April 22, 2011
Computers, internet, and phones let us raise awareness about street harassment and even report street harassers. But technology can also work against us as we try to make public places harassment-free.
Here’s an example.
Not only is taking photos of people in public, including upskirting, perfectly legal in a lot of states, but now people who do it can take pics that allow them to see through thin fabrics!!
“This S95-styled point and shoot, the Midnight Shot NV-1, is the perfect camera for perverts. Why? Cause it has an infrared-night shot mode which can let you see through thin fabric and other materials.
It has a regular mode too! But the night-shot mode is where the nudie cam comes in. It gets the blocking filter out of the way, letting all infrared light through while a super bright IR LED “invisibly” illuminates everything in the picture. That infrared light can actually penetrate thin clothing, and since the camera can capture the infrared light, the clothing in the picture turn see through.
Other cameras have had some sort of feature like this before, but never so blatantly. One note: the nudie cam effect works best in the daytime but try not to be a perv. $140″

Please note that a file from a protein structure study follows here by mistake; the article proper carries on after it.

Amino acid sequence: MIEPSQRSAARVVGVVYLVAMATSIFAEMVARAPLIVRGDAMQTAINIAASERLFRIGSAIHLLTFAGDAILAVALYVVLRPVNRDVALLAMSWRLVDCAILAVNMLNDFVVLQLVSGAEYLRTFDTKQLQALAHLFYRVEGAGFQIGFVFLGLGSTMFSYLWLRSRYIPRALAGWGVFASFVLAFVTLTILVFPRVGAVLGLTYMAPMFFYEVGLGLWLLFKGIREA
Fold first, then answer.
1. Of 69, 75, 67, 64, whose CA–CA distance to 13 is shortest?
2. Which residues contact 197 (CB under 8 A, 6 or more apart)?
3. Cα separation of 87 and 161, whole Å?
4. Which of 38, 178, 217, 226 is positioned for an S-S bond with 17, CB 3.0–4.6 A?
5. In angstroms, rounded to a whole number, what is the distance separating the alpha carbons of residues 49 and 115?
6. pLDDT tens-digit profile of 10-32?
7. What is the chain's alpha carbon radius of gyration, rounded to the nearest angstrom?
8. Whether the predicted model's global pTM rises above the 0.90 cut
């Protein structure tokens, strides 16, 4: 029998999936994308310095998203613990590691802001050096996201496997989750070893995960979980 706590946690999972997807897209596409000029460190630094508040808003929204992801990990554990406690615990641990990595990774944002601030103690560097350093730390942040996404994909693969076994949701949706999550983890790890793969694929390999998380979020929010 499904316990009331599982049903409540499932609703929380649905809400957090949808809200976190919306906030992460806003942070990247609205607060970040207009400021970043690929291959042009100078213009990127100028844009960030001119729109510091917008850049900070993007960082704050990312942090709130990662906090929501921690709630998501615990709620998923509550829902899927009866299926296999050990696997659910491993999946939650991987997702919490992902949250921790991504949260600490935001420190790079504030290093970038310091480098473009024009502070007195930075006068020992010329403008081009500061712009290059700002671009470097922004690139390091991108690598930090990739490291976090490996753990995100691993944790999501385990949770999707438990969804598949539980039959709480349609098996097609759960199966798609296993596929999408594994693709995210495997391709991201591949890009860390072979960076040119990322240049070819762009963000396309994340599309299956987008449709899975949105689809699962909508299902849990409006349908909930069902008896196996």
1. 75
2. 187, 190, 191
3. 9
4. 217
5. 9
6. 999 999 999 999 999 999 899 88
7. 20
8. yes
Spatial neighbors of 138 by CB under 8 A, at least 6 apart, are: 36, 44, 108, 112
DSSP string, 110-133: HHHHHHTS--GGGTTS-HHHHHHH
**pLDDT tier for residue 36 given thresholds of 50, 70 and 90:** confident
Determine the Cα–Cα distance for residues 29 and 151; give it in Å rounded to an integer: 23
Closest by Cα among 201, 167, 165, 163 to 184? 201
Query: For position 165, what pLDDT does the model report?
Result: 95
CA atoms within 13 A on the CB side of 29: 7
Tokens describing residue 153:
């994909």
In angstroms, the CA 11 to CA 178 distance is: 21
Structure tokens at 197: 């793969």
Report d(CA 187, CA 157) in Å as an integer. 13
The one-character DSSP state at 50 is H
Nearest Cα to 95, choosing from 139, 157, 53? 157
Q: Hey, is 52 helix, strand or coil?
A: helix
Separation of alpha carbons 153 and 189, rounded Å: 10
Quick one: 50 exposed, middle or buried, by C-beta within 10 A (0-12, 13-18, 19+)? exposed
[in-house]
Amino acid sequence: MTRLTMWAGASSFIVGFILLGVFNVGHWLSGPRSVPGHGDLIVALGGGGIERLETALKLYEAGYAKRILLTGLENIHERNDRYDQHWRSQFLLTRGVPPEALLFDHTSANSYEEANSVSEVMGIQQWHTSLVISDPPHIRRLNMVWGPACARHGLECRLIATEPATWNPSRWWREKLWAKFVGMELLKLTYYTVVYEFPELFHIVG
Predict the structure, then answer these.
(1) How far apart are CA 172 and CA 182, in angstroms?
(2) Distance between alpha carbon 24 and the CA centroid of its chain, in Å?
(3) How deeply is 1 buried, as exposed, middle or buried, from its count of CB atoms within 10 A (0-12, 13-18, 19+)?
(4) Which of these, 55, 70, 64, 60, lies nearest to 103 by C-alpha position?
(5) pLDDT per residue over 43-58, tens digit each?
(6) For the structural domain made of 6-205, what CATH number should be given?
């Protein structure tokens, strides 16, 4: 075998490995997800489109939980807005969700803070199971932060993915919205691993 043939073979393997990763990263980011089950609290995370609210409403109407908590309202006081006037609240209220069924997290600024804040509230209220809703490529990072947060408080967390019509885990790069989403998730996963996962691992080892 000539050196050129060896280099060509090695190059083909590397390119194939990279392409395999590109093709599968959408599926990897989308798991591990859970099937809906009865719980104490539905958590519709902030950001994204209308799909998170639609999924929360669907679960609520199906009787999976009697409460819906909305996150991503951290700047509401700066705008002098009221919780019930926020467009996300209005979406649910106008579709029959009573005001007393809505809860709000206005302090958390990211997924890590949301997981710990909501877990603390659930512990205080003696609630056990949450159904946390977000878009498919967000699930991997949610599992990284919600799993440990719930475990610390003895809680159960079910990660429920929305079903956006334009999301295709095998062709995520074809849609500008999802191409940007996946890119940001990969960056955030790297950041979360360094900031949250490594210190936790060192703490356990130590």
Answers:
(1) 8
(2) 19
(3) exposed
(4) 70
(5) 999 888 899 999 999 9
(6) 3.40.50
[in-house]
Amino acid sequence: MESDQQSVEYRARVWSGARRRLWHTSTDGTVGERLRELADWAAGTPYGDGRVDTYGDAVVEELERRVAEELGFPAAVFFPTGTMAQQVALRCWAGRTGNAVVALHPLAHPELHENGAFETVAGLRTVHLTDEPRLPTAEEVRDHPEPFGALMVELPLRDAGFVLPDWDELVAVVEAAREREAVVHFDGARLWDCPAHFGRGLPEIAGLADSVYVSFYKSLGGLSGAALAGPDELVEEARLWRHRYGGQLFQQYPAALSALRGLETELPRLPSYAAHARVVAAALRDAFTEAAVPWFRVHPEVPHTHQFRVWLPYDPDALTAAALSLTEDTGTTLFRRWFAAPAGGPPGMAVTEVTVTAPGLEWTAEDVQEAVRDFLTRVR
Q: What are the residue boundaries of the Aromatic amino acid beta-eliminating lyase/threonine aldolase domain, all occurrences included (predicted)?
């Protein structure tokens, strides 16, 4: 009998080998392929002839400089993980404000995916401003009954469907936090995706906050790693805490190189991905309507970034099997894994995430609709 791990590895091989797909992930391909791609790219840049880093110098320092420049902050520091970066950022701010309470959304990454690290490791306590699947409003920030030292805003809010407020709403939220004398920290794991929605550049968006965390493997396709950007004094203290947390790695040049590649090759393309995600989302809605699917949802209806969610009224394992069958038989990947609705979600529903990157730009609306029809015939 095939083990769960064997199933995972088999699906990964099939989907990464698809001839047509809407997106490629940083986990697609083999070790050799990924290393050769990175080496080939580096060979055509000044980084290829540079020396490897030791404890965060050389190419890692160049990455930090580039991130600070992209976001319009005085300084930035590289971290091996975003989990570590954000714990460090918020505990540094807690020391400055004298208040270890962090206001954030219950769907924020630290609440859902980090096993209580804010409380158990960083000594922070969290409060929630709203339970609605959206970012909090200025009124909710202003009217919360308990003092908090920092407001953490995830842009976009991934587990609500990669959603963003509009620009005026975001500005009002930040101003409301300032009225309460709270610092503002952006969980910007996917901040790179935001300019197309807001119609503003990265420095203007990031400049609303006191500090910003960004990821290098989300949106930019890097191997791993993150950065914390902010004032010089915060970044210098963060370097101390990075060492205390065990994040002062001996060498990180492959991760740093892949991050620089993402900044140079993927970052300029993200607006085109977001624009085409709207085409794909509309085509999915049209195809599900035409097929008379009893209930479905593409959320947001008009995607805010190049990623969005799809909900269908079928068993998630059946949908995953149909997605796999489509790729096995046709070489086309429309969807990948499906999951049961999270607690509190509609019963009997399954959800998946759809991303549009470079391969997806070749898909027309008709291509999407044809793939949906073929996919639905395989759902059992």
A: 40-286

Ugh, so now we have to wonder if what we’re wearing is considered “thin fabric” in case our street harassers have an x-ray vision camera? *Shakes fist* why, can’t you only be on our side, technology?
[Thanks goes to my Gizmodo-reading partner for the story tip.]
September 19, 2008
From the Associated Press:
“NEW YORK (AP) — Police arrested a man accused of taking a cell phone picture under a subway rider’s skirt after the victim said she used her own phone to snap back. The 28-year-old woman said she was victimized last month while climbing stairs to an elevated station in upper Manhattan. A passer-by confirmed her suspicion that he had taken a photo up her skirt, she said.
She followed the suspect onto a train, took his picture, then e-mailed it to police and filed a report. “I told him `smile’ because I am going to the police,” the woman told The New York Times.
Aaron Olivieri was arrested Tuesday on misdemeanor charges of attempted unlawful surveillance, attempted sexual abuse and harassment. He was nabbed in a Manhattan subway station by an officer who said he matched the person in the photo the woman had taken, authorities said.
His lawyer, Rigodis Appling, did not immediately return a call for comment on Friday.”
What a great story! Everything came together for success – there was a witness, the person had the initial reaction to take the photo, the person had the energy/time to report the incident, & the police seemed to respond appropriately. Hopefully more people will be inspired to fight back too!